The memorial is located in the Tiergarten, a large public park to the west of the city centre, on the north side of the Strasse des 17 Juni (June 17th Street), the major east-west thoroughfare running from the Brandenburg Gate to the Siegessäule (Victory Column).
This memorial was erected in 1945, within a few months of the capture of the city. Early photographs show the memorial standing in a wilderness of ruins, the Tiergarten having been destroyed by incendiary bombs and then stripped of timber for firewood during the last months of the war. Today, it is surrounded by the extensive woodlands of the reconstituted Tiergarten. Although the memorial stood in the British sector of Berlin, its construction was supported by all the Allied powers. Throughout the Cold War, Soviet Guards were present at the memorial, sent out and changed regularly by Soviet occupying forces troops in the Soviet sector.
The memorial, built from stonework taken from the destroyed Reich Chancellery, takes the form of a curved stoa topped by a large statue of a Soviet soldier. It is set in landscaped gardens and flanked by two Red Army ML-20 152mm gun-howitzer artillery pieces and two T-34 tanks. Behind the memorial is an outdoor museum showing photographs of the memorial's construction and giving a guide to other memorials in the Berlin area. A large Cyrillic inscription is written underneath the soldier statue, which is translated as "Eternal glory to the heroes who fell in battle with the German fascist occupiers for the freedom and independence of the Soviet Union". The Soviets built the statue with the soldier's arm in a position to symbolize the Red Army's putting down of the German National Socialist state.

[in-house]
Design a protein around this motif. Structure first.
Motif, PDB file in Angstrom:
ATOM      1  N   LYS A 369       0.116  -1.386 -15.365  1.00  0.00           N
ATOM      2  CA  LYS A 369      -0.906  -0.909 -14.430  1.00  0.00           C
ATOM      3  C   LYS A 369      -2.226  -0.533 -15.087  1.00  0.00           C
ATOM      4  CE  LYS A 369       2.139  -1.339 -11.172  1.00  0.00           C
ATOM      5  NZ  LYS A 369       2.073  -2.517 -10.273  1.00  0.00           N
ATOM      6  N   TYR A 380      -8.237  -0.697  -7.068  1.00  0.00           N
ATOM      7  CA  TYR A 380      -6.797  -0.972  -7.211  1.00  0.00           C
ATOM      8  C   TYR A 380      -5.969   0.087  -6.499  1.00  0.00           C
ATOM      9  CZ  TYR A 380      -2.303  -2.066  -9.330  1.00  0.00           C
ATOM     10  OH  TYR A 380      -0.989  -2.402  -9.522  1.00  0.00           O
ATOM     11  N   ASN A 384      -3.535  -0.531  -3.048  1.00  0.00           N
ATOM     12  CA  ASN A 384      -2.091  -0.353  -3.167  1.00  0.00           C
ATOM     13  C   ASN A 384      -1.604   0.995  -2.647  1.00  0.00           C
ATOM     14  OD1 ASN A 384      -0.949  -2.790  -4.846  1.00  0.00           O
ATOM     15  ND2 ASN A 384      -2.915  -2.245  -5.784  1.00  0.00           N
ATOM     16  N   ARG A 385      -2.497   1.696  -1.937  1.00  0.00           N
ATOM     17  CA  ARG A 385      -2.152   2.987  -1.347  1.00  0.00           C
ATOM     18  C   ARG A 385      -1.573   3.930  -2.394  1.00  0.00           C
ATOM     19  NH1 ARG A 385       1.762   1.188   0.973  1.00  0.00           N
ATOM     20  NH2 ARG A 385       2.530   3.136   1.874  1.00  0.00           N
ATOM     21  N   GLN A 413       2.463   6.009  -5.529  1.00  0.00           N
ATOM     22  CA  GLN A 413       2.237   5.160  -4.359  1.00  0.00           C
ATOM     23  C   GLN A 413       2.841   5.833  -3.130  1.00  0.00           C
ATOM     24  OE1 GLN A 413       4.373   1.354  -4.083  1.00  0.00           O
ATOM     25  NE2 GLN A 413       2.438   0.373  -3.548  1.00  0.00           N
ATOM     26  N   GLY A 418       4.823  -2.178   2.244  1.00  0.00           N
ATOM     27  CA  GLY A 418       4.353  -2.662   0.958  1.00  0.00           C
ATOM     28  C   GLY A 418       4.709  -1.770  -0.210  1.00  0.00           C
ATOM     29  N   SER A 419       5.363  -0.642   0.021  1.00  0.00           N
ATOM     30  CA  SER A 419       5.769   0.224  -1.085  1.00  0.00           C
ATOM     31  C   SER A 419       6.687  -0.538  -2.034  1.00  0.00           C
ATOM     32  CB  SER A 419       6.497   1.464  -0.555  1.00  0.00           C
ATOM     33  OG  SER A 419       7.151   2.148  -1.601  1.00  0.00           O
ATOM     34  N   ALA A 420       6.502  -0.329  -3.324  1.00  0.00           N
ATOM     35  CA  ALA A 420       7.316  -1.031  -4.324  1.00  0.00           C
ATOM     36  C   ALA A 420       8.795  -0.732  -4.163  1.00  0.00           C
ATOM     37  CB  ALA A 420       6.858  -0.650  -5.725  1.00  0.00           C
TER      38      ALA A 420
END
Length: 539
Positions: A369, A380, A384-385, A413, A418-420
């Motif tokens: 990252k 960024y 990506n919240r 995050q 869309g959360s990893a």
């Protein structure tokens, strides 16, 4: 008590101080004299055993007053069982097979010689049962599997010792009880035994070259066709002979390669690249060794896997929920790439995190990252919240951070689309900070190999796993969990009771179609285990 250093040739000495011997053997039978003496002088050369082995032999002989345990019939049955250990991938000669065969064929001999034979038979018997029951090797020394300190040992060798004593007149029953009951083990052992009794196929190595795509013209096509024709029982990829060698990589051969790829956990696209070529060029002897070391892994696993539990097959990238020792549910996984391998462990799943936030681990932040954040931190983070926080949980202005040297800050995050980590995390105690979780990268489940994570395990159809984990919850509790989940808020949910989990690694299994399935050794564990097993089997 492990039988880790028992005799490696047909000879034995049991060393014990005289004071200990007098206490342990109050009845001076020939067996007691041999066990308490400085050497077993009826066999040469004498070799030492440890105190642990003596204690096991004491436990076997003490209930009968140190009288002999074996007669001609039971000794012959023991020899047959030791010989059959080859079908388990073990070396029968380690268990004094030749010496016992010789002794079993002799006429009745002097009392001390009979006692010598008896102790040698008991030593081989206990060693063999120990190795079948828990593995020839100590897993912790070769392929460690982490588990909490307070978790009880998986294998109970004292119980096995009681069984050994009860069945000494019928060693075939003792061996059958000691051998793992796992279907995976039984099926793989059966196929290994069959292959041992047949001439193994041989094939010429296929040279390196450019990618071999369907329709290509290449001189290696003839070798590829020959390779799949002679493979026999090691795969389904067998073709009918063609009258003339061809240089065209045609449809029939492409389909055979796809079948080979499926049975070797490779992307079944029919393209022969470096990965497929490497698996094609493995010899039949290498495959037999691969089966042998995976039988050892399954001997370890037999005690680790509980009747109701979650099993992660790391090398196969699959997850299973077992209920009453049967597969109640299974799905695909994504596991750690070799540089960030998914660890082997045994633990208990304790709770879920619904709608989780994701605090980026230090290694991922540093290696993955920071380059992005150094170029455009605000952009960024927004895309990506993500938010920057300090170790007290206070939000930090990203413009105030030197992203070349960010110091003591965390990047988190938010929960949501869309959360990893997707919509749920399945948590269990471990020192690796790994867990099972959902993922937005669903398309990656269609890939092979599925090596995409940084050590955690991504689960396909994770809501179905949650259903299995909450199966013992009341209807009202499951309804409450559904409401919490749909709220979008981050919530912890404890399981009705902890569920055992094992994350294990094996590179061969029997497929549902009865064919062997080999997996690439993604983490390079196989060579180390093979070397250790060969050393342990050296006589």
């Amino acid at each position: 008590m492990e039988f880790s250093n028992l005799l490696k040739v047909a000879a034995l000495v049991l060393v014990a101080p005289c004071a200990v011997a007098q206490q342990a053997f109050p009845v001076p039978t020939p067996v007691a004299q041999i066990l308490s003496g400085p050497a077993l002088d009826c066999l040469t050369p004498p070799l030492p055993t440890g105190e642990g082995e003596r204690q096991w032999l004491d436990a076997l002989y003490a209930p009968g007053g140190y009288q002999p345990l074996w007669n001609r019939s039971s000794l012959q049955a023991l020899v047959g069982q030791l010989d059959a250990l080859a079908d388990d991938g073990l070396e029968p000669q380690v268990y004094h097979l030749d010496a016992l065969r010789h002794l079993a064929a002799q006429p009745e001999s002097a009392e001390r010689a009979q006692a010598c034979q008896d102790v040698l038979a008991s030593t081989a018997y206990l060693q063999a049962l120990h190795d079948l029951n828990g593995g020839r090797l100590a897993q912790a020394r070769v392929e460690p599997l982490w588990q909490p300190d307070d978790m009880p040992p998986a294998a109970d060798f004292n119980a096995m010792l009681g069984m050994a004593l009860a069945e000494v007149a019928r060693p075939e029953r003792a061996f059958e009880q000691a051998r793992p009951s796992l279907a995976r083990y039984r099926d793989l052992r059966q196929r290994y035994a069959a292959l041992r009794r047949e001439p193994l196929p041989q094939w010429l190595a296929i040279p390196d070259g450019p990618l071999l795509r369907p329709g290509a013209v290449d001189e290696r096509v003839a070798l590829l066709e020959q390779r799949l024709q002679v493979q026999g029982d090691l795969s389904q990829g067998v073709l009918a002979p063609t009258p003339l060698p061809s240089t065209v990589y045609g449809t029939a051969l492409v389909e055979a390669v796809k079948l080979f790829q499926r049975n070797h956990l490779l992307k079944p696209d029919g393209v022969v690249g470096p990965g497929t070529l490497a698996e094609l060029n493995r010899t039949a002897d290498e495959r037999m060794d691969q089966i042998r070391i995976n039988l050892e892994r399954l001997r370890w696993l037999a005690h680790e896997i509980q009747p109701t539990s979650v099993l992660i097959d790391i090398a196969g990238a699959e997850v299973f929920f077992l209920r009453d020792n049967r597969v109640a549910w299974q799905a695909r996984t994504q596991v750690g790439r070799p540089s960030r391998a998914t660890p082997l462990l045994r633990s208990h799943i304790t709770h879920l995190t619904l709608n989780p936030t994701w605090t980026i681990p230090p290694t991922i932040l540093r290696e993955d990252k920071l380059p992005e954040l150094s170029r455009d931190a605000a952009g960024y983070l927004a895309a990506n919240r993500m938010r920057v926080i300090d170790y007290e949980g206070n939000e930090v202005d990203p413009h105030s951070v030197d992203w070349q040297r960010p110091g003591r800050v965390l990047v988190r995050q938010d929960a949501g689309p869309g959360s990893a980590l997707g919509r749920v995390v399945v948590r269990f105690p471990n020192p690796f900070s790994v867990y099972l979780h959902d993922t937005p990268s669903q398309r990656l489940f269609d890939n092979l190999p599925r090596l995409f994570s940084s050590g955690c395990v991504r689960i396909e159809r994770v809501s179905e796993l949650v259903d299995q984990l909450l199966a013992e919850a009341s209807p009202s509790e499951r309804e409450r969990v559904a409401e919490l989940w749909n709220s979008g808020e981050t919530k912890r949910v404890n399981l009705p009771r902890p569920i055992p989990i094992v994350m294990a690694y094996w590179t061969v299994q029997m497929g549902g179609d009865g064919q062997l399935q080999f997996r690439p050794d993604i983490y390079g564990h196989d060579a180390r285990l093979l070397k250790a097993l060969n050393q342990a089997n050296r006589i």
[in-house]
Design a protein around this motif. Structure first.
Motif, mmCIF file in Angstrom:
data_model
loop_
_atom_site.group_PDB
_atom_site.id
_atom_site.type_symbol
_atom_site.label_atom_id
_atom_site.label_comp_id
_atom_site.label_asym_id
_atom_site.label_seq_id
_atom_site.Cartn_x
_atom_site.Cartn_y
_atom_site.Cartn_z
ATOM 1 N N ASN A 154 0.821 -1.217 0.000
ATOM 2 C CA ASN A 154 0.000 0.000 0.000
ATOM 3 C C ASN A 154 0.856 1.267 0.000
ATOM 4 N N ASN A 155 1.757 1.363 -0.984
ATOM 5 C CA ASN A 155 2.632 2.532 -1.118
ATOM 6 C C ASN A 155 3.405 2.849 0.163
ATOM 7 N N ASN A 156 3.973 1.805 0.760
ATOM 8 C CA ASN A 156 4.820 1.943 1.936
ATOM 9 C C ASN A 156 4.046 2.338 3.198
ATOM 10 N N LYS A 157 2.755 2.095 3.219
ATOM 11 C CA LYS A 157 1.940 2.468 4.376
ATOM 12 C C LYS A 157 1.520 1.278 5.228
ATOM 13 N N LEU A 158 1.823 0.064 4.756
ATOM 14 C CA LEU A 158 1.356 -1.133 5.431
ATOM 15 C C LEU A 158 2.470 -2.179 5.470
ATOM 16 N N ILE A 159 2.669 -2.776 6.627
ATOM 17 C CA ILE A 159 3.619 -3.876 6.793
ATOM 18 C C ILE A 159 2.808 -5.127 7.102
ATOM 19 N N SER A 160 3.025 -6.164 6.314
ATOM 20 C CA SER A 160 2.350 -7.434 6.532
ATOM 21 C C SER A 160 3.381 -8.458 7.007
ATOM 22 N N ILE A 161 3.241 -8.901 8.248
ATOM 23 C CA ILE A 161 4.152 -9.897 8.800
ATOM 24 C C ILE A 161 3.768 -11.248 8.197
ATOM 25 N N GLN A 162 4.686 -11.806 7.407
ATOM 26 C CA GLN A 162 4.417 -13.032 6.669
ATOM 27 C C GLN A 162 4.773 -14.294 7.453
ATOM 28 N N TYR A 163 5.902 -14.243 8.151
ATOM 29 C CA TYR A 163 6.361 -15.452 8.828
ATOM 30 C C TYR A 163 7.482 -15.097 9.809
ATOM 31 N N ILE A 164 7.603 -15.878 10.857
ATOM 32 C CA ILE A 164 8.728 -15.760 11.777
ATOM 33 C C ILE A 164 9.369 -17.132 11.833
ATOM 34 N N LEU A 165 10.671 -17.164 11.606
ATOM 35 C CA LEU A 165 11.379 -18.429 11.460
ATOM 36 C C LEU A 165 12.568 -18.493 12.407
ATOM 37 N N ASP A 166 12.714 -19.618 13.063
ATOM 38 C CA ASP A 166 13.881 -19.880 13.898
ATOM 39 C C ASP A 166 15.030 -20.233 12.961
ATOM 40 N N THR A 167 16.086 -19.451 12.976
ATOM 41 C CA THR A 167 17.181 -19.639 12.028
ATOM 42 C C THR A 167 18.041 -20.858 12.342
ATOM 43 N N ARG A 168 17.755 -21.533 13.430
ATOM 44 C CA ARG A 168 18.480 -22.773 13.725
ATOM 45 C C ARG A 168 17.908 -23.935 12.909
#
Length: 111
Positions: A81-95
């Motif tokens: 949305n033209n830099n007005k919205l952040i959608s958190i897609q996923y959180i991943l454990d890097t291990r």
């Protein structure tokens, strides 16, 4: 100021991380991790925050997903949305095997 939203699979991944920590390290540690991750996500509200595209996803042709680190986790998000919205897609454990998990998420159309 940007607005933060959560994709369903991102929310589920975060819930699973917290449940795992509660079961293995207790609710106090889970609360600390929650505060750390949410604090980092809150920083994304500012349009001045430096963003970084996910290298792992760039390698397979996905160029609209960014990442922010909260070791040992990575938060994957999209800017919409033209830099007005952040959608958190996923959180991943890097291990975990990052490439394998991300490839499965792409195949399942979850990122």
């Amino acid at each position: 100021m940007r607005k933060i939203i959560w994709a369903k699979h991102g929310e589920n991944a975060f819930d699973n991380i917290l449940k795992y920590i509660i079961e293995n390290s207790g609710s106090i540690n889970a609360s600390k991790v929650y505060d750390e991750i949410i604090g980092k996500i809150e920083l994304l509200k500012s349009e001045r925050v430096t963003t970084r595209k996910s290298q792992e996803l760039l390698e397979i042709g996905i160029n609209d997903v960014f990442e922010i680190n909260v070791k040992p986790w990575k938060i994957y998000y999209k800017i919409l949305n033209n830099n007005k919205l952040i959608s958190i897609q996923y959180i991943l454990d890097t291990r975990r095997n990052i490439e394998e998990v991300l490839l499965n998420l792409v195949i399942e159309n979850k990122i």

The memorial was designed by architect Mikhail Gorvits with the monument of the Soviet soldier by sculptors Vladimir Tsigal and Lev Kerbel.
The memorial today
The memorial is still a site of active commemoration. On the anniversary of VE Day, (8 May), wreath-laying ceremonies are held at the memorial. It is a site of pilgrimage for war veterans from the countries of the former Soviet Union. It is also a popular tourist attraction, since it is much closer to the centre of the city than the larger Soviet war memorial at Treptower Park. The memorial is maintained by the City of Berlin.